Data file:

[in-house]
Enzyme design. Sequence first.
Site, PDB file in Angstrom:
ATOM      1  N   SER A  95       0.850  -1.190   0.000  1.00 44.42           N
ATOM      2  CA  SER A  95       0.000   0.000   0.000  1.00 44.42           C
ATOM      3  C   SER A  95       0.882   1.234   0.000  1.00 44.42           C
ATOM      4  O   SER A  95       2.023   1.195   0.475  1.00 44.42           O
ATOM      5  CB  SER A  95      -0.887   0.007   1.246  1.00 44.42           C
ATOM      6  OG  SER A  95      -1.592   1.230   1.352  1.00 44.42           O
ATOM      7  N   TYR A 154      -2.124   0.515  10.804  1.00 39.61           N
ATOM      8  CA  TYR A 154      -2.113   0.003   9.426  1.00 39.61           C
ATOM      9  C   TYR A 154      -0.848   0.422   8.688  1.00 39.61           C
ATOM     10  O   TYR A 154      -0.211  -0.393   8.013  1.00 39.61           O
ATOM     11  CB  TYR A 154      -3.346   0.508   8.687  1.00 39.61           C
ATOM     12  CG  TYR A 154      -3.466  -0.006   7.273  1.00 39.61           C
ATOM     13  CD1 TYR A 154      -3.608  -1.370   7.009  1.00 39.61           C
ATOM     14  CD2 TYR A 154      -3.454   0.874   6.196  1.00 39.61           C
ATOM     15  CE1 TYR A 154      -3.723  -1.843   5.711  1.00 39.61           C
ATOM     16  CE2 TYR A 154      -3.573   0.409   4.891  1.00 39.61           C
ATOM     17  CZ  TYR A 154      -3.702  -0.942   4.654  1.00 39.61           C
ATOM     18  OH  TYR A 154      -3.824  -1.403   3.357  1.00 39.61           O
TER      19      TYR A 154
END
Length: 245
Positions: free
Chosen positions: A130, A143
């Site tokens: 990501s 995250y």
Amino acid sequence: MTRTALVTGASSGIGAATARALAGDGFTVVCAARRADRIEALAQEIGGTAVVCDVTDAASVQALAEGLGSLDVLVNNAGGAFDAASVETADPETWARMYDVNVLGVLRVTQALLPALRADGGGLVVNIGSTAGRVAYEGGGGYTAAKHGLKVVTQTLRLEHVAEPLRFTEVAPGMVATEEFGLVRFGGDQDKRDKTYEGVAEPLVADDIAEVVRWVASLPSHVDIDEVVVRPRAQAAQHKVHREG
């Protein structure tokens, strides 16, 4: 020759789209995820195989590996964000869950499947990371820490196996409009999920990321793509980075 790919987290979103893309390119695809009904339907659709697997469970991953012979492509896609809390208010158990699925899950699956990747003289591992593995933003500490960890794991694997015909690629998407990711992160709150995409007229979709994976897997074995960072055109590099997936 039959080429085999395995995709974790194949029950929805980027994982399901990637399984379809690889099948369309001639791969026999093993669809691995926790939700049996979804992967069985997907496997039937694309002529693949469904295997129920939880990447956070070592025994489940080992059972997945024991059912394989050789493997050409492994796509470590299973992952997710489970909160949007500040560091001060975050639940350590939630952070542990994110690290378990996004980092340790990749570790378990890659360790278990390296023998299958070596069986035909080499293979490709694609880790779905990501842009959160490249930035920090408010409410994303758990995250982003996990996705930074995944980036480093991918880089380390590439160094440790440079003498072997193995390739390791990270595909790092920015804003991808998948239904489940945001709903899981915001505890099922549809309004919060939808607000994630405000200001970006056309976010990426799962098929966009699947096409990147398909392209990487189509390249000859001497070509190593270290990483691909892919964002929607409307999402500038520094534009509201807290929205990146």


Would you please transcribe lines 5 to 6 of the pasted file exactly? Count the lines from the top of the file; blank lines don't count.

ATOM      2  CA  SER A  95       0.000   0.000   0.000  1.00 44.42           C
ATOM      3  C   SER A  95       0.882   1.234   0.000  1.00 44.42           C